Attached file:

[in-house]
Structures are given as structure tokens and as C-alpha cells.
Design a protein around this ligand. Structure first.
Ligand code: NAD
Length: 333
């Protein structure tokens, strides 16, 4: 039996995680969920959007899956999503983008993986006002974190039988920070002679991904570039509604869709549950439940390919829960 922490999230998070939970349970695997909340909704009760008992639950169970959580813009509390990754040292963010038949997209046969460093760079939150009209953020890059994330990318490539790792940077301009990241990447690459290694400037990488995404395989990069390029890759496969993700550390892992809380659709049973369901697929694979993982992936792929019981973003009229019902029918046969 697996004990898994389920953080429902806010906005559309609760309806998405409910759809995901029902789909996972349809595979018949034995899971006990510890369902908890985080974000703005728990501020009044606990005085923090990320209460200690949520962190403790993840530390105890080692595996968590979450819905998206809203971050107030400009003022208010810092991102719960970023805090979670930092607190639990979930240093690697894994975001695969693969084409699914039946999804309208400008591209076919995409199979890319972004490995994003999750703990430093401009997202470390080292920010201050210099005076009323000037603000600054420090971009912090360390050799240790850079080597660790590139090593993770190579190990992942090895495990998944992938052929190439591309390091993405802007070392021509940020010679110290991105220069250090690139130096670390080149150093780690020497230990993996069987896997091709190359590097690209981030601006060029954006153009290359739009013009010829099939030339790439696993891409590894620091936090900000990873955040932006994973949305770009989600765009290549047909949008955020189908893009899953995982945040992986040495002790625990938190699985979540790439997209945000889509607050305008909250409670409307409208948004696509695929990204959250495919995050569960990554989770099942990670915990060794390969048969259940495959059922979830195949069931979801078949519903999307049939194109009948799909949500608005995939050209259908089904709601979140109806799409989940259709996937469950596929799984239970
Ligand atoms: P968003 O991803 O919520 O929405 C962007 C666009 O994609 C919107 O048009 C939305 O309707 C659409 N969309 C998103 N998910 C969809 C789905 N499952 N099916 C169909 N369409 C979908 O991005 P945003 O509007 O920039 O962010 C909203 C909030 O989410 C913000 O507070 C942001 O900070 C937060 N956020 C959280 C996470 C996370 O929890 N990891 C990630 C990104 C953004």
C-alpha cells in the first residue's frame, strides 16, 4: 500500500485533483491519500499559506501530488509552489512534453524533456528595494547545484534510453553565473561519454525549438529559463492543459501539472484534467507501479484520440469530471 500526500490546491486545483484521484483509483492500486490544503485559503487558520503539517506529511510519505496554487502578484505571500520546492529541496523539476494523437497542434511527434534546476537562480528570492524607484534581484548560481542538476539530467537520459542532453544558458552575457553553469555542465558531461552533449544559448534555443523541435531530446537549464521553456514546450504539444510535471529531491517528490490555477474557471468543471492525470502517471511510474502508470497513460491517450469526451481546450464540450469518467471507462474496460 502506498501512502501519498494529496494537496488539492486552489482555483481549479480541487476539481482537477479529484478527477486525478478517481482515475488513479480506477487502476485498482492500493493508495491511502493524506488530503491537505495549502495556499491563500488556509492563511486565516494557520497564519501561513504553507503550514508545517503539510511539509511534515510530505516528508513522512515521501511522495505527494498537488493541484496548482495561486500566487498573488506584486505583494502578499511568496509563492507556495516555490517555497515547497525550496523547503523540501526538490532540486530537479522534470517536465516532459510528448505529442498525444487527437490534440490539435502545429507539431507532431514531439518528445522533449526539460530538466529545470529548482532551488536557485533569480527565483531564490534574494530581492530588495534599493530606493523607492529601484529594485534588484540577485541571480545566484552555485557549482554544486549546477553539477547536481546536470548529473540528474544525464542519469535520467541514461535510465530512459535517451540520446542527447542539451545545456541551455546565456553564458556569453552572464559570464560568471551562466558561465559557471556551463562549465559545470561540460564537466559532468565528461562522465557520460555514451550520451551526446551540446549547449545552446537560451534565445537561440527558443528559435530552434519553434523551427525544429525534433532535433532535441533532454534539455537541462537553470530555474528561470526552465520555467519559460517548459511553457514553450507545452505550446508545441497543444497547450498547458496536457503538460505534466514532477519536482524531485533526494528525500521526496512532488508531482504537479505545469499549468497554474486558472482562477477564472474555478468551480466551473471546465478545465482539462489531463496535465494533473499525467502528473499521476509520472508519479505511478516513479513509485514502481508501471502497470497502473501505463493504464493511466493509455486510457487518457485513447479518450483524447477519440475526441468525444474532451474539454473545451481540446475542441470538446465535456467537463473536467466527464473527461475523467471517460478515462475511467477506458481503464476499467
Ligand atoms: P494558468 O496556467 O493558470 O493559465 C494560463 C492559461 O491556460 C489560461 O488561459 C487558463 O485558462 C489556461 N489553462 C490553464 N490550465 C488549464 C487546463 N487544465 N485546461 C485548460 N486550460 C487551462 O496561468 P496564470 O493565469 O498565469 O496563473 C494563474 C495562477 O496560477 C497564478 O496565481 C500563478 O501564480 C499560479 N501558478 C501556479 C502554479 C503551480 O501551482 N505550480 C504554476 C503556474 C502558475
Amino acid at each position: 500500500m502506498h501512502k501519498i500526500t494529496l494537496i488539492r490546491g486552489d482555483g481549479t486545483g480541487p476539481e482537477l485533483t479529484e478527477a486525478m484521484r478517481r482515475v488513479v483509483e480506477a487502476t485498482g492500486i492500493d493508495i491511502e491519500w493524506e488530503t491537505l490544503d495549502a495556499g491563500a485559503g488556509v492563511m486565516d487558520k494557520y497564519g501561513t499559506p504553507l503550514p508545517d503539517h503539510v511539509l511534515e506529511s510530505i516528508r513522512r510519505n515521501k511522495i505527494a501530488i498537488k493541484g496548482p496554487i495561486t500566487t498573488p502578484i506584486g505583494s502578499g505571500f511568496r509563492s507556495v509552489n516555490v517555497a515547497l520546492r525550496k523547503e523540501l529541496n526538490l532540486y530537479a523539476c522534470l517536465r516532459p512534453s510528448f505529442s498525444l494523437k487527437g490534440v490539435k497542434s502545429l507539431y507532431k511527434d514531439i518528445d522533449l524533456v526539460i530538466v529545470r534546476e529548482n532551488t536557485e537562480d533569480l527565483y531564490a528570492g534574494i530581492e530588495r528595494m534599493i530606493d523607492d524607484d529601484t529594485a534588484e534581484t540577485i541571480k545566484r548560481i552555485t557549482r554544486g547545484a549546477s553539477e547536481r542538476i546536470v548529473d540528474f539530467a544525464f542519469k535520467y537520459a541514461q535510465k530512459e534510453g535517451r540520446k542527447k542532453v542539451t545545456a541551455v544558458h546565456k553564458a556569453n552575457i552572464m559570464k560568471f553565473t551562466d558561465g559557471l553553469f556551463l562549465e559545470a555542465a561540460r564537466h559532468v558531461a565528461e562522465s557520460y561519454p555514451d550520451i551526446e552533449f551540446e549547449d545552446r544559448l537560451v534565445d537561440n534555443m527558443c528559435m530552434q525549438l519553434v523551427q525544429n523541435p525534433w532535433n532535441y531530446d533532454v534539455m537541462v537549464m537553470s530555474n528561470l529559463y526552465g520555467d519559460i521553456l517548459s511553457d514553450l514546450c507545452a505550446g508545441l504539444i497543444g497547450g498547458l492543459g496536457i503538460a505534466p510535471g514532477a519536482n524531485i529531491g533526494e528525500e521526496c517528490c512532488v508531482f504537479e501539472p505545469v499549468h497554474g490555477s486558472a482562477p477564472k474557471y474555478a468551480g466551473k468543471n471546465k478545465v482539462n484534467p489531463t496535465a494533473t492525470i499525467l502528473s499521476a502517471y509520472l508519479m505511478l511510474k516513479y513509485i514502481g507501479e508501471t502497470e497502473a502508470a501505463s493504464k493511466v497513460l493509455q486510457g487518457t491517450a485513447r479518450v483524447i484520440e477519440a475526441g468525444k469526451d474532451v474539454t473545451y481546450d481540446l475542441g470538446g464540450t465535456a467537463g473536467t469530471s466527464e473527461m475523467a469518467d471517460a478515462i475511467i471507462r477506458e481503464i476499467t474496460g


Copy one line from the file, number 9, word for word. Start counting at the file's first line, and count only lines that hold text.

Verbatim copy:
Ligand atoms: P494558468 O496556467 O493558470 O493559465 C494560463 C492559461 O491556460 C489560461 O488561459 C487558463 O485558462 C489556461 N489553462 C490553464 N490550465 C488549464 C487546463 N487544465 N485546461 C485548460 N486550460 C487551462 O496561468 P496564470 O493565469 O498565469 O496563473 C494563474 C495562477 O496560477 C497564478 O496565481 C500563478 O501564480 C499560479 N501558478 C501556479 C502554479 C503551480 O501551482 N505550480 C504554476 C503556474 C502558475